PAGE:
So I figured that since I have some new followers, perhaps I'd write a post about my Great Dane - Chassis. I named her Chassis because I used to be an engineer for GM. And when I worked at the plant in Oklahoma City, I did a lot of work on the chassis line....and I thought that that word sounded pretty feminine, but was also something that was big, strong, and powerful.
Chassis is now three and a half years old. I am not one of those people that calls my dog my "baby" - mostly because she is not. I love her dearly, but I can leave her at home with some water and some food and she's fine. When she was a puppy I even locked her in a crate. I don't have to keep her clothed and I don't even have to send her to school. Also, she did not come out of my body. :) Chassis was the CUTEST puppy I have ever seen - all paws and ears. She was clumsy - perhaps overly so - but that only added to her charm.
She is my dream dog in so many ways. First, she is big and that means that I am not likely to want to punt her when she yips at anything (seriously, I would never kick a dog - even the most puntable ones). Second, she is so very lazy. I do a lot of stuff away from home - which means when I come home, I want to be able to relax by reading, checking blogs, writing blog posts, or by making lists of things I will do when I win the lottery. I can do all these things with Chassis snuggled right beside me. It's even better after a long walk which she really enjoys. Third, she has such a sweet disposition. She is friendly to EVERYONE she meets and lets kids hang on her and pull on her ears...even when I want to punt them.
But there's one thing that only a few of you know about my dog.
And that's that she has a severe neurological disease that is absolutely heart wrenching to watch. She shakes all the time - whether she's standing or lying down - but most violently when she is on her way from standing to sitting or from standing to lying down (with a very brief period of sitting in between). It has now gotten so bad that she pretty much refuses to sit. In fact, it takes her being phenomenally tired for her to even want to lay down.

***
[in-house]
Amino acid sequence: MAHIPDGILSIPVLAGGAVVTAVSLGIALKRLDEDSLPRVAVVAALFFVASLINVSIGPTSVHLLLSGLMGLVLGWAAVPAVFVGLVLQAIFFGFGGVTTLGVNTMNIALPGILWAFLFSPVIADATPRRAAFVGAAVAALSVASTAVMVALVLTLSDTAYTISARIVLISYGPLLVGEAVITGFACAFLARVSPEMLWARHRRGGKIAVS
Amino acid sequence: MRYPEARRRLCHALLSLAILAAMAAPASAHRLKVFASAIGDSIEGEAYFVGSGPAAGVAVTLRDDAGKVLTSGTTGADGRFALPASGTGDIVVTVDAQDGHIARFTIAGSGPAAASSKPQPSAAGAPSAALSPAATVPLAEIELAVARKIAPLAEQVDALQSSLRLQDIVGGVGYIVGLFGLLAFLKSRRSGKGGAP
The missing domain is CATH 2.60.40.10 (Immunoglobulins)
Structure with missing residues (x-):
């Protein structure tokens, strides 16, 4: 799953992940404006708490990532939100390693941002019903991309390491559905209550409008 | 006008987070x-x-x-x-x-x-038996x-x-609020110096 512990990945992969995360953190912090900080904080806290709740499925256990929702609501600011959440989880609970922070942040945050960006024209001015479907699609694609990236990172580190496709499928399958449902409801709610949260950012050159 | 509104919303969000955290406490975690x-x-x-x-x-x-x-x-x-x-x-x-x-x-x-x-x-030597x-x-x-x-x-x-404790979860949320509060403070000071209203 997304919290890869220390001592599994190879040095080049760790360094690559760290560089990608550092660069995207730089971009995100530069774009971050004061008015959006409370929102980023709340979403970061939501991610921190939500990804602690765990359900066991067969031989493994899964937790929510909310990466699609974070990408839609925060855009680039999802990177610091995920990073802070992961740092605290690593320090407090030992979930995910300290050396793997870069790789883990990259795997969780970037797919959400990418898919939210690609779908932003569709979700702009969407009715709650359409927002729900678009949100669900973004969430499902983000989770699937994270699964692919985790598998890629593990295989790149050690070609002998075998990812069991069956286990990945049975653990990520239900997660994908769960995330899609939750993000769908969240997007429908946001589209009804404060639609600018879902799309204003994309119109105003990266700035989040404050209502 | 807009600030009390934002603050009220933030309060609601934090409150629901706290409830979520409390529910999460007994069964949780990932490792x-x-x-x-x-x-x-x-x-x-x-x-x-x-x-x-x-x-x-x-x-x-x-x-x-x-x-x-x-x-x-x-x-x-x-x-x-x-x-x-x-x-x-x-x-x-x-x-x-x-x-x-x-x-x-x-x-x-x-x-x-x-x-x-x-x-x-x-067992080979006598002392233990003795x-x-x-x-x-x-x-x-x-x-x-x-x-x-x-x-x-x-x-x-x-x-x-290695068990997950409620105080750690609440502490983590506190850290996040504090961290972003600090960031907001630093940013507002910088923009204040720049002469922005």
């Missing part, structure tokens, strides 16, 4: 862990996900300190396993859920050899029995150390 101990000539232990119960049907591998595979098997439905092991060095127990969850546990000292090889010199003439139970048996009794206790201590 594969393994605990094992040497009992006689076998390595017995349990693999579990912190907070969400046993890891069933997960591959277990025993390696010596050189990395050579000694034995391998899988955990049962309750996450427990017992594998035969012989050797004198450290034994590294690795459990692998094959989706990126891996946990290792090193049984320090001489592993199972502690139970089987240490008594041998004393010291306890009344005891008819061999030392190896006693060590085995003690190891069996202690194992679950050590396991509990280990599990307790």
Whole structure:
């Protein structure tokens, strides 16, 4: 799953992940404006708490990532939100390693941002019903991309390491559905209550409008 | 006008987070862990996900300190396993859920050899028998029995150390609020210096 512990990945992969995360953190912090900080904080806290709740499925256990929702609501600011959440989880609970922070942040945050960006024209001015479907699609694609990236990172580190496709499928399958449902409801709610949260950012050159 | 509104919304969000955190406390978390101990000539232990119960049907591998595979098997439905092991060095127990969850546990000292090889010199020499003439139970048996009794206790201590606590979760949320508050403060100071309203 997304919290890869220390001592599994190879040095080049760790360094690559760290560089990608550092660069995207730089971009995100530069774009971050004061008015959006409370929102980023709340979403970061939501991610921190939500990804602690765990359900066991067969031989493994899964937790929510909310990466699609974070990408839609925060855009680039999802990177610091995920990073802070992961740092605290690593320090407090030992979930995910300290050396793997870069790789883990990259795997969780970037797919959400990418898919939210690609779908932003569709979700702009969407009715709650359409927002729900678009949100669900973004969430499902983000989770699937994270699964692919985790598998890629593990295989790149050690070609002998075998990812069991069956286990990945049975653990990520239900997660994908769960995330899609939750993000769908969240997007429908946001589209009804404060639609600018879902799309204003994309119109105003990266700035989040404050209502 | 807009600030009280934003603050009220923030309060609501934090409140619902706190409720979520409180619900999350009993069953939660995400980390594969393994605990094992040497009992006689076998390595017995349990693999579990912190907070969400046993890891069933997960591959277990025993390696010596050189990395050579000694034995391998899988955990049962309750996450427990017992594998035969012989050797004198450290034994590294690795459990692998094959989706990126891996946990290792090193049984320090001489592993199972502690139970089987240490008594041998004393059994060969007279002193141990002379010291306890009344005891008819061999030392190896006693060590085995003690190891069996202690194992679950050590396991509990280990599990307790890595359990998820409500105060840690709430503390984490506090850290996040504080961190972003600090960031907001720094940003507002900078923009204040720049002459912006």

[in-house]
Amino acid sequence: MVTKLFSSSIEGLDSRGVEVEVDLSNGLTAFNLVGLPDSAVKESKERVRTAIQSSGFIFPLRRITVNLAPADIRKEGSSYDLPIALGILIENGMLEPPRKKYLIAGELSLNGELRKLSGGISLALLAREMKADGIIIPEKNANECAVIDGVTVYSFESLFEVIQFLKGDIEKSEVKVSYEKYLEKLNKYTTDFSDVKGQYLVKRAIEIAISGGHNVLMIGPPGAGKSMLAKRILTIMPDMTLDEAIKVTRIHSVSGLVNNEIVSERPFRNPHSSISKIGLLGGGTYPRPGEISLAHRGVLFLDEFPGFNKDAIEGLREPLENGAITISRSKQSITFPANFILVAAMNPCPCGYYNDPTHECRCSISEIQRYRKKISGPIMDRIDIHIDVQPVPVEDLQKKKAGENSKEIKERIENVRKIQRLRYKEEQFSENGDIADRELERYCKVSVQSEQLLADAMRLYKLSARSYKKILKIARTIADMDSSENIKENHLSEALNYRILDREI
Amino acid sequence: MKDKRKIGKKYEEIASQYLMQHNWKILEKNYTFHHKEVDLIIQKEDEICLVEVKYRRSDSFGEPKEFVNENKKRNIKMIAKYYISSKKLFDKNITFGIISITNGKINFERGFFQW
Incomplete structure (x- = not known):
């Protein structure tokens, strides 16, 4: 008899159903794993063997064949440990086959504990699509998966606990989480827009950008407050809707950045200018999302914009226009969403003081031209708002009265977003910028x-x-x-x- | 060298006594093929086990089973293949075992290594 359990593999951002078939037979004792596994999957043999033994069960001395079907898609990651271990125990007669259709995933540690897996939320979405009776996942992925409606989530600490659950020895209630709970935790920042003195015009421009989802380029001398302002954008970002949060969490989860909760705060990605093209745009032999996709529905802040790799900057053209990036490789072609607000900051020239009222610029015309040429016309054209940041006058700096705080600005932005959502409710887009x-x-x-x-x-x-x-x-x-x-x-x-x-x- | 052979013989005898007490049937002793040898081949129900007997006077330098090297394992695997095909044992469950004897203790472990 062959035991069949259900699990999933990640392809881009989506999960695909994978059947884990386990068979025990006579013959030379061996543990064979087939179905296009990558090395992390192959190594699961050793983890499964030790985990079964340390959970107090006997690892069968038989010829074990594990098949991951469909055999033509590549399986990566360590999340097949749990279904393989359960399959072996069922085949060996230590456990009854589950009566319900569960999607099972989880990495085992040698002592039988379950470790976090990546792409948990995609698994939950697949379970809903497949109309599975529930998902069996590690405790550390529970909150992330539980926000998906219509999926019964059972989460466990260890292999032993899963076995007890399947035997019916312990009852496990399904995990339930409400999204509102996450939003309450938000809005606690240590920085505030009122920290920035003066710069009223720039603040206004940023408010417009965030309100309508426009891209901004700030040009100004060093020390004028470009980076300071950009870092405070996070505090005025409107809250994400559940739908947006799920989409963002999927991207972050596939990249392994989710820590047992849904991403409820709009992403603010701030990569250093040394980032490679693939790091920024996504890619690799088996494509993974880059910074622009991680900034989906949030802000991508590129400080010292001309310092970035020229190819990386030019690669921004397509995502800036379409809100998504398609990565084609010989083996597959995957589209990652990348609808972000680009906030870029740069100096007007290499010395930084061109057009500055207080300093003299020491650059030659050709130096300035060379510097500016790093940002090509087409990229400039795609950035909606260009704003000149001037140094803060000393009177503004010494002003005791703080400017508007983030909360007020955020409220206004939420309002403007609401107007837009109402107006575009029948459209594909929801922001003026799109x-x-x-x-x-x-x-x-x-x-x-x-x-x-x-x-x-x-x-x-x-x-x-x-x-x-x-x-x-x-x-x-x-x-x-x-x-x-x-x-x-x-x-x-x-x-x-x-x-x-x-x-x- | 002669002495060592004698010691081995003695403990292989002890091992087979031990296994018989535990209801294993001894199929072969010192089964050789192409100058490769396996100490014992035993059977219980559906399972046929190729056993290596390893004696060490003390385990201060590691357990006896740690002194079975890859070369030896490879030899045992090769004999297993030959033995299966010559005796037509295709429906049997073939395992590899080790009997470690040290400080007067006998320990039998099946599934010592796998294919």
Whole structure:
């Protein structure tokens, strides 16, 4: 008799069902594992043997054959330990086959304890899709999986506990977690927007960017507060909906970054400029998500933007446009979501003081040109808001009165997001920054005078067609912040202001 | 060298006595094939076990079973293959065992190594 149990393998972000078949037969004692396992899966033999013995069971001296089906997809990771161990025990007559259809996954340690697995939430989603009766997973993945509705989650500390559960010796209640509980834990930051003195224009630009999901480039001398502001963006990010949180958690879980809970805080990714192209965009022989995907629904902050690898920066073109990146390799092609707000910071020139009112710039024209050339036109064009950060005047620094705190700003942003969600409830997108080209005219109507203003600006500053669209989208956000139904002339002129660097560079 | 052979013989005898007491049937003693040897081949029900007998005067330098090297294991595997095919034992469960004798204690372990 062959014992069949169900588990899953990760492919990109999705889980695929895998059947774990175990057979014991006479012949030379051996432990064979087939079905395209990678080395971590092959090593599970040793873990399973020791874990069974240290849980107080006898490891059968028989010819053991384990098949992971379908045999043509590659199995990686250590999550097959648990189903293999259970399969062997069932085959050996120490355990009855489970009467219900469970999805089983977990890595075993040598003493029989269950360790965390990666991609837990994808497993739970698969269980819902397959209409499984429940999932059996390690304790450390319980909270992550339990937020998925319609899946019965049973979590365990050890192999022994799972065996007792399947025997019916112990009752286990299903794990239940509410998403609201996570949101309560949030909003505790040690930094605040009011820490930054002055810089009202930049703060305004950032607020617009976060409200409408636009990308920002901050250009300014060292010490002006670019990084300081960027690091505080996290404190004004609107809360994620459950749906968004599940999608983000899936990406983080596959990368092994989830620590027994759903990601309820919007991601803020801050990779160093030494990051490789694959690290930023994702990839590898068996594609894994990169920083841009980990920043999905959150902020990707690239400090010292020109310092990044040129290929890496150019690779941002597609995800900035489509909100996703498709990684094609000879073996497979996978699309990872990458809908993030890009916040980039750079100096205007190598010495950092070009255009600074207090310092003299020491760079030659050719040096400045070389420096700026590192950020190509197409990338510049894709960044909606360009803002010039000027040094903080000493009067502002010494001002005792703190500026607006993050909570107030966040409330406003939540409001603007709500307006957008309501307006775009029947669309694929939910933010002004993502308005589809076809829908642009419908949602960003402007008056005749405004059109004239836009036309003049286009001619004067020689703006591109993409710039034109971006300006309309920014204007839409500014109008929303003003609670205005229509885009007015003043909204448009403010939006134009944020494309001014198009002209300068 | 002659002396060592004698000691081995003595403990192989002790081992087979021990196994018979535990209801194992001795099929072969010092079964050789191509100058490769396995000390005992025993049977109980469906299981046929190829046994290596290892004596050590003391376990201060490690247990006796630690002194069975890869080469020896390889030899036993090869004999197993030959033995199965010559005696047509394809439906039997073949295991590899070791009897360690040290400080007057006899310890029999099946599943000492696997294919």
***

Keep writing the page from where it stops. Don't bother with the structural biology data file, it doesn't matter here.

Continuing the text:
I've taken her to neurologists and after a lot of tests and money, they have no idea what is causing the tremors. They have tried steroids, meds for hypothyroidism (as this is sometimes related to muscle tremors and she tested VERY slightly in the abnormal range), and a couple of experimental meds- all without any results. The next step would be to do a nerve biopsy - which, as I understand it, is painful and at the end will only give me a name for the disease - but not a cure. As I understand it, her brain doesn't get feedback from the muscles in her body. As she's starting to sti or lay down, her brain doesn't know where her muscles are...so she tenses them to gain more control over them. Which means that they become fatigued - so she tries to tense them more and slows down whatever movement is happening. This means that there is even more pressure/tension which makes her feel more out of control, so she tenses even more. It's a bad cycle that is now affecting her when she's just standing.
So, when I found all of this out last November, I was bummed, but also relieved that it wasn't Wobbler's Syndrome or something very painful. The silver lining is that the neurologist has assured me that she is in no pain.
But the problem is that she is getting worse. And that fact lies like a pit in my stomach. We went to several events this weekend and I saw her shaking way worse when she was just standing - but mostly when she was excited. It was so bad that people started commenting on it. When she drinks or eats, she actually looks like she's a quarterback - getting ready for a hike. Her right leg raises about an inch of the ground repeatedly. It's funny and sweet at the same time.
I made a promise to her and myself - that I would keep loving her and pampering her for as long as she had until she didn't have a good quality of life. The vet told me what to look for when she starts having a worse quality of life and I feel better about being able to recognize those signs. And she currently has a great quality of life...so I hope that that tough decision is still a while away. But to be honest, I know that her getting worse - such that complete strangers are now noticing even when she's standing - is a sign that it will be closer than what I'm actually ready for.
And that breaks my heart.
2 days ago